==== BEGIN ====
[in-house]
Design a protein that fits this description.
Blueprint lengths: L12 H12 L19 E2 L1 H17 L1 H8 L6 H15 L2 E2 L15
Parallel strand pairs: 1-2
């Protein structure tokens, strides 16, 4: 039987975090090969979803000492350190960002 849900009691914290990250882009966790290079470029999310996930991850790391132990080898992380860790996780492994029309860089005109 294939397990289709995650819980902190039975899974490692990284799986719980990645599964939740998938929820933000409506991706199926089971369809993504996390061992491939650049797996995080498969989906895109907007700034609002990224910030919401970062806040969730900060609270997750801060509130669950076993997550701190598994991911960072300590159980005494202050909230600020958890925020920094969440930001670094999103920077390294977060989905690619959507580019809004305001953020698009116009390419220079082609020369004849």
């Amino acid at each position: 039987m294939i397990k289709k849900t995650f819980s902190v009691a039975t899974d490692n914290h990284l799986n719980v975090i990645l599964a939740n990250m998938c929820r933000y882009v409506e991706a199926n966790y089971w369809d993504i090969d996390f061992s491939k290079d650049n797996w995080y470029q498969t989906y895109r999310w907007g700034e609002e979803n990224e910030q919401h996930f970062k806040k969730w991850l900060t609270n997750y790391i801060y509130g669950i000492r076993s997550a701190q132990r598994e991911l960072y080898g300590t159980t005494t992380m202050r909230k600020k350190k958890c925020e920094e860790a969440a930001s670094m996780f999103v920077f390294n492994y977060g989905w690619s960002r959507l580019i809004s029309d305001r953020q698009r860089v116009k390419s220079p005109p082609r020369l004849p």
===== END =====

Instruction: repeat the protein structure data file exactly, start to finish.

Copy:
[in-house]
Design a protein that fits this description.
Blueprint lengths: L12 H12 L19 E2 L1 H17 L1 H8 L6 H15 L2 E2 L15
Parallel strand pairs: 1-2
């Protein structure tokens, strides 16, 4: 039987975090090969979803000492350190960002 849900009691914290990250882009966790290079470029999310996930991850790391132990080898992380860790996780492994029309860089005109 294939397990289709995650819980902190039975899974490692990284799986719980990645599964939740998938929820933000409506991706199926089971369809993504996390061992491939650049797996995080498969989906895109907007700034609002990224910030919401970062806040969730900060609270997750801060509130669950076993997550701190598994991911960072300590159980005494202050909230600020958890925020920094969440930001670094999103920077390294977060989905690619959507580019809004305001953020698009116009390419220079082609020369004849």
């Amino acid at each position: 039987m294939i397990k289709k849900t995650f819980s902190v009691a039975t899974d490692n914290h990284l799986n719980v975090i990645l599964a939740n990250m998938c929820r933000y882009v409506e991706a199926n966790y089971w369809d993504i090969d996390f061992s491939k290079d650049n797996w995080y470029q498969t989906y895109r999310w907007g700034e609002e979803n990224e910030q919401h996930f970062k806040k969730w991850l900060t609270n997750y790391i801060y509130g669950i000492r076993s997550a701190q132990r598994e991911l960072y080898g300590t159980t005494t992380m202050r909230k600020k350190k958890c925020e920094e860790a969440a930001s670094m996780f999103v920077f390294n492994y977060g989905w690619s960002r959507l580019i809004s029309d305001r953020q698009r860089v116009k390419s220079p005109p082609r020369l004849p």